Comments and Feedback on: ‘Rinzai Zen In The Modern World’
I am so appreciative of Jeff writing this paper on the history of Rinzai Zen in the West. It provides important historical information. The first part of the paper, which discusses the early years of the West’s introduction to Rinzai Zen, opens up a discussion about equating Rinzai Zen with koans. I look forward to more about this in the future. To me what was most important is Jeff’s discussion about the abuse of spiritual seeker in the West by teachers. Unfortunately, this abuse has been going on for decades and it is rare for those in the know to stand-up and speak out about the abuse.
I have followed some of what Jeff has been saying to those in the States who do not wish to look into the abuses which have taken place. I think that the paper which Jeff has written is important for all to review, think about and discuss within the Sangha. Particularly important is the last footnote in the paper which contains an email exchange between Jeff and others in the States. I recommend that all read that footnote to get a better understanding.
As students of the Dharma, it is imperative that we acknowledge that abuse has taken place and that the so-called teachers have more than just hidden it but have allowed it to continue. How clear-eyed are these individuals? And what does it say about those of us who are not willing to enter into a full discussion?
I look forward to this discussion in the future. Not one which blames, criticizes or condemns but one where an open and frank discussion ensues about inquiry into the “Great Matter” and why we in the West, in particular, feel it necessary to put the teacher on a pedestal above this inquiry. Personally, I like the way in which the Japanese Zen layman Shin’ichi Hisamatsu discusses mutual inquiry when he says that there is no master apart from our own true selves, nor is there verification apart from our actual awakening. He also emphasizes that seeking an external authority causes all kinds of problems, and that what in Zen is called “clarifying the matter of self” cannot be imposed from without by another, but emerges from within.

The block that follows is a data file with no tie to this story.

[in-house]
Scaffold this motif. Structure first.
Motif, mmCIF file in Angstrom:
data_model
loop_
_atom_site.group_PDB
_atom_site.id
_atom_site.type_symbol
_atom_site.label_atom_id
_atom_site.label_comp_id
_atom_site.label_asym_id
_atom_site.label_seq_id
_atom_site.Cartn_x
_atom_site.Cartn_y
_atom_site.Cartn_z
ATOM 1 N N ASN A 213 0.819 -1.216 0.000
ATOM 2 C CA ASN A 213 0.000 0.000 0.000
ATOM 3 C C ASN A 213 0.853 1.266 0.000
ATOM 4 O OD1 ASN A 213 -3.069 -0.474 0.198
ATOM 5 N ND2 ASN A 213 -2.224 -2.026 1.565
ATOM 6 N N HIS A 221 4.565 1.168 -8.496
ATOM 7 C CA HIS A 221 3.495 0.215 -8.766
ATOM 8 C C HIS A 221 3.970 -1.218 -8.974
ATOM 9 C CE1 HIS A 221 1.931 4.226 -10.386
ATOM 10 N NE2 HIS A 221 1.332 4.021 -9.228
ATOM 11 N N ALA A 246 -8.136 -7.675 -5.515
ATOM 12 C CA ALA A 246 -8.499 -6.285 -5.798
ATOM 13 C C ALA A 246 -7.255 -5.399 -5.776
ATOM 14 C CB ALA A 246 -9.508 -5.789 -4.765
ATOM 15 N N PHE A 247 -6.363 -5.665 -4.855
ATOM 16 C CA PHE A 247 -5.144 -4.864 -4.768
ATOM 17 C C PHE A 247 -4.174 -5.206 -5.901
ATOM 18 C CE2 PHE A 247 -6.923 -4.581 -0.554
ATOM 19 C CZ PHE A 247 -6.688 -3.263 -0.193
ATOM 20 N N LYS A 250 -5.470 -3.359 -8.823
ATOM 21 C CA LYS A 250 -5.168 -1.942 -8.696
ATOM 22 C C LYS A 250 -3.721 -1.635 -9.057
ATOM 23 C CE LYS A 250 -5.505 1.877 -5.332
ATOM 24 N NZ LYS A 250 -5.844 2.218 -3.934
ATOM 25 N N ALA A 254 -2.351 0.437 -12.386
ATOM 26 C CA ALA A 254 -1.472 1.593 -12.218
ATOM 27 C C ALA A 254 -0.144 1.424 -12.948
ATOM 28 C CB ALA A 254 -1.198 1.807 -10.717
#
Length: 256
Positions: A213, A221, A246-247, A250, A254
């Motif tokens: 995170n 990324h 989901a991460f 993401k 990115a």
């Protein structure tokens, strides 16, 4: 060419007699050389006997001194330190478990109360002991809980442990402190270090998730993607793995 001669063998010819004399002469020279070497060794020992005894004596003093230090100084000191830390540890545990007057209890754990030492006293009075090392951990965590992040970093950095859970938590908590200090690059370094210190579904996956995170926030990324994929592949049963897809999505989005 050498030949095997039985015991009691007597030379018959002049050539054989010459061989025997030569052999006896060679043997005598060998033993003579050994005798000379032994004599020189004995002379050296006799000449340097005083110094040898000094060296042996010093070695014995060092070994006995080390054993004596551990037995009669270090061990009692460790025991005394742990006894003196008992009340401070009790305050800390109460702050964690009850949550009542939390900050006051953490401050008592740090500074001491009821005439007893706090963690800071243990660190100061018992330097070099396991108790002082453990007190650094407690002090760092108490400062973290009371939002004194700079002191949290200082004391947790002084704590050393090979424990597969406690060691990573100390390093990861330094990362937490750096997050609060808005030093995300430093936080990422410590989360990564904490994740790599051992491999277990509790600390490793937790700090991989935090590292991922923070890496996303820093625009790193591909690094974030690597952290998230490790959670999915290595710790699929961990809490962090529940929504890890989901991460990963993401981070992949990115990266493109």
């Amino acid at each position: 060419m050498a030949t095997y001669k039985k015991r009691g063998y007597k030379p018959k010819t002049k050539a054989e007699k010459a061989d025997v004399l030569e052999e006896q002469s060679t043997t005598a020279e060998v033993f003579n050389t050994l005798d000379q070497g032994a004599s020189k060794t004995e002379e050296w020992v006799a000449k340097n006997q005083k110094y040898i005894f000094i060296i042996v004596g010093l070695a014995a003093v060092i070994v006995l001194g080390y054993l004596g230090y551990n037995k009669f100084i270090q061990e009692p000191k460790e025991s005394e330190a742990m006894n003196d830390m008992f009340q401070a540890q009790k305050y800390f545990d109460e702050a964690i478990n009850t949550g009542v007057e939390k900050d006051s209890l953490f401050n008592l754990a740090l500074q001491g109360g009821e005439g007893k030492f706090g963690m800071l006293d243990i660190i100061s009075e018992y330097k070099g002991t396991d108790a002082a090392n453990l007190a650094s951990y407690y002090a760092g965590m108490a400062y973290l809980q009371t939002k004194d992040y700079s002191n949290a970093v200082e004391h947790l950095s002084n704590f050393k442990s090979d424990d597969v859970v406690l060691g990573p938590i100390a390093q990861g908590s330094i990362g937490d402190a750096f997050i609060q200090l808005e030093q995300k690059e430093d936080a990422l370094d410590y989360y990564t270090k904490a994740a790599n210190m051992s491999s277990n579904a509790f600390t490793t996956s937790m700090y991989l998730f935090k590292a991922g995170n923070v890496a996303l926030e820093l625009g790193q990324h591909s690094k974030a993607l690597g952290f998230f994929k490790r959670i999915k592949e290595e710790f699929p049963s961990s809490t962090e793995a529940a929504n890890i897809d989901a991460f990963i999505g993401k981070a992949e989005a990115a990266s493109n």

With Deep Bows to All, Lowell, Yardley, Pennsylvania, USA.
Jeff was recently interviewed by the ‘The Zen Gateway’ regarding this paper. The article can be found here: http://www.thezengateway.com/latest-news/an-interview-with-jeff-shore-beating-dust-out-of-the-futon-a-critique-of-western-zen
On Rinzai Zen in the Modern World
Digging through the filth of the real world and uncovering the pearl of filth itself is not a matter of receiving a transmission and being able to be in authority positions. Having sat for many years in the American Zen Sanghas of several locals, and in the Vipassana tradition as well, I feel that the discussion is ripe.
Are we here to follow a program; or, to realise what is Here? Is any teacher going to experience what is here for us?
Until we take responsibility and do the work of Buddha, sitting under the very tree that we live by, and challenge our teachers with authentic realisation, Zen is merely a mystique.
No-one to do the work for us. Free at last to do it Now. This is the point.
– Baruch S.